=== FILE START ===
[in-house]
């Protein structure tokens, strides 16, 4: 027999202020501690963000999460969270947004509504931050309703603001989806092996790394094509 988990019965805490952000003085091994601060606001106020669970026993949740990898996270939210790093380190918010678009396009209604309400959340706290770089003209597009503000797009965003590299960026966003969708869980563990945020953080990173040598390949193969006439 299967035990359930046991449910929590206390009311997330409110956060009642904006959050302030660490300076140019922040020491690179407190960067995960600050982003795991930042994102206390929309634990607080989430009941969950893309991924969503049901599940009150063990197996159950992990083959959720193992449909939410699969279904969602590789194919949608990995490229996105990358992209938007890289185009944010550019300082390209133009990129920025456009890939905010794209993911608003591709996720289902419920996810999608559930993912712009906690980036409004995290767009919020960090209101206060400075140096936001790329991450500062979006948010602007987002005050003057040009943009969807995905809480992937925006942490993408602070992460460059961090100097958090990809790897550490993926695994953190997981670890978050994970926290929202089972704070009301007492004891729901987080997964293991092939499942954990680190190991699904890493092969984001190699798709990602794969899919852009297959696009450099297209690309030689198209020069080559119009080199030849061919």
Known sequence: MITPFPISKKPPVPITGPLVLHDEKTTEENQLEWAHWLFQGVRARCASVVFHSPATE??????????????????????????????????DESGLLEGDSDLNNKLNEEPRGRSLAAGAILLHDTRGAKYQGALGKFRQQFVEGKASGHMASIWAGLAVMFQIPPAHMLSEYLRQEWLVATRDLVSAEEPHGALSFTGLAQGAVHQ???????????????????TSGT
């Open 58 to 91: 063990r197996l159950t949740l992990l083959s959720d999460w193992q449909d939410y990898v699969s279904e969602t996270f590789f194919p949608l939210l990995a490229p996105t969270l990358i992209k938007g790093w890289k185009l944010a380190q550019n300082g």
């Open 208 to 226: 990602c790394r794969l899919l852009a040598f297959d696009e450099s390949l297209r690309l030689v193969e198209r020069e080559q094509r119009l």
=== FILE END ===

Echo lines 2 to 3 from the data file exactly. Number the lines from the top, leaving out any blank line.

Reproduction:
């Protein structure tokens, strides 16, 4: 027999202020501690963000999460969270947004509504931050309703603001989806092996790394094509 988990019965805490952000003085091994601060606001106020669970026993949740990898996270939210790093380190918010678009396009209604309400959340706290770089003209597009503000797009965003590299960026966003969708869980563990945020953080990173040598390949193969006439 299967035990359930046991449910929590206390009311997330409110956060009642904006959050302030660490300076140019922040020491690179407190960067995960600050982003795991930042994102206390929309634990607080989430009941969950893309991924969503049901599940009150063990197996159950992990083959959720193992449909939410699969279904969602590789194919949608990995490229996105990358992209938007890289185009944010550019300082390209133009990129920025456009890939905010794209993911608003591709996720289902419920996810999608559930993912712009906690980036409004995290767009919020960090209101206060400075140096936001790329991450500062979006948010602007987002005050003057040009943009969807995905809480992937925006942490993408602070992460460059961090100097958090990809790897550490993926695994953190997981670890978050994970926290929202089972704070009301007492004891729901987080997964293991092939499942954990680190190991699904890493092969984001190699798709990602794969899919852009297959696009450099297209690309030689198209020069080559119009080199030849061919």
Known sequence: MITPFPISKKPPVPITGPLVLHDEKTTEENQLEWAHWLFQGVRARCASVVFHSPATE??????????????????????????????????DESGLLEGDSDLNNKLNEEPRGRSLAAGAILLHDTRGAKYQGALGKFRQQFVEGKASGHMASIWAGLAVMFQIPPAHMLSEYLRQEWLVATRDLVSAEEPHGALSFTGLAQGAVHQ???????????????????TSGT